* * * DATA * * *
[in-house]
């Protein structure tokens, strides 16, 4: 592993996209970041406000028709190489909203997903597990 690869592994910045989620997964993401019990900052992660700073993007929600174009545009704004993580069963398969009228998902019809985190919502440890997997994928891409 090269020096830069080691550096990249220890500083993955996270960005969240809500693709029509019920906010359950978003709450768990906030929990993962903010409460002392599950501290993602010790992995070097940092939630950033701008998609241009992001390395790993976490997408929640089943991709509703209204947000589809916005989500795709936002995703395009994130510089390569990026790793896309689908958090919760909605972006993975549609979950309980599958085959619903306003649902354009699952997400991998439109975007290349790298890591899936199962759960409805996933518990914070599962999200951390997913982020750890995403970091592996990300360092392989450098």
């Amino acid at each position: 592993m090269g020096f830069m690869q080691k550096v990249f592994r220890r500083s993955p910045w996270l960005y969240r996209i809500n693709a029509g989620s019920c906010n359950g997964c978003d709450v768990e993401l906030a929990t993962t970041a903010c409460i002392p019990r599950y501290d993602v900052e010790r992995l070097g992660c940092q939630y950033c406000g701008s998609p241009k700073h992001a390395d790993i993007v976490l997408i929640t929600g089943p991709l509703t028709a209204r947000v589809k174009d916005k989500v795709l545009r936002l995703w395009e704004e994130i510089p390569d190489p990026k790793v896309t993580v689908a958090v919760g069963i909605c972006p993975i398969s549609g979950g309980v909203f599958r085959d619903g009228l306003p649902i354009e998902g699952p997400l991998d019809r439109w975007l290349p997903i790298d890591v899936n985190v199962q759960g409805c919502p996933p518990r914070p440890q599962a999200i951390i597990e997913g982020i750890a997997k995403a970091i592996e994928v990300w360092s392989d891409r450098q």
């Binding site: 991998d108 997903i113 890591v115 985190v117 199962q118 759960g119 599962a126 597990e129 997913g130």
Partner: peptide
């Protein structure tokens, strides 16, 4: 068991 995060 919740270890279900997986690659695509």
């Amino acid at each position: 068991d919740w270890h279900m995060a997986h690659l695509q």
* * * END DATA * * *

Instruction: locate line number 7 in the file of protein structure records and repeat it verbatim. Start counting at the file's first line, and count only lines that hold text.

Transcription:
């Amino acid at each position: 068991d919740w270890h279900m995060a997986h690659l695509q």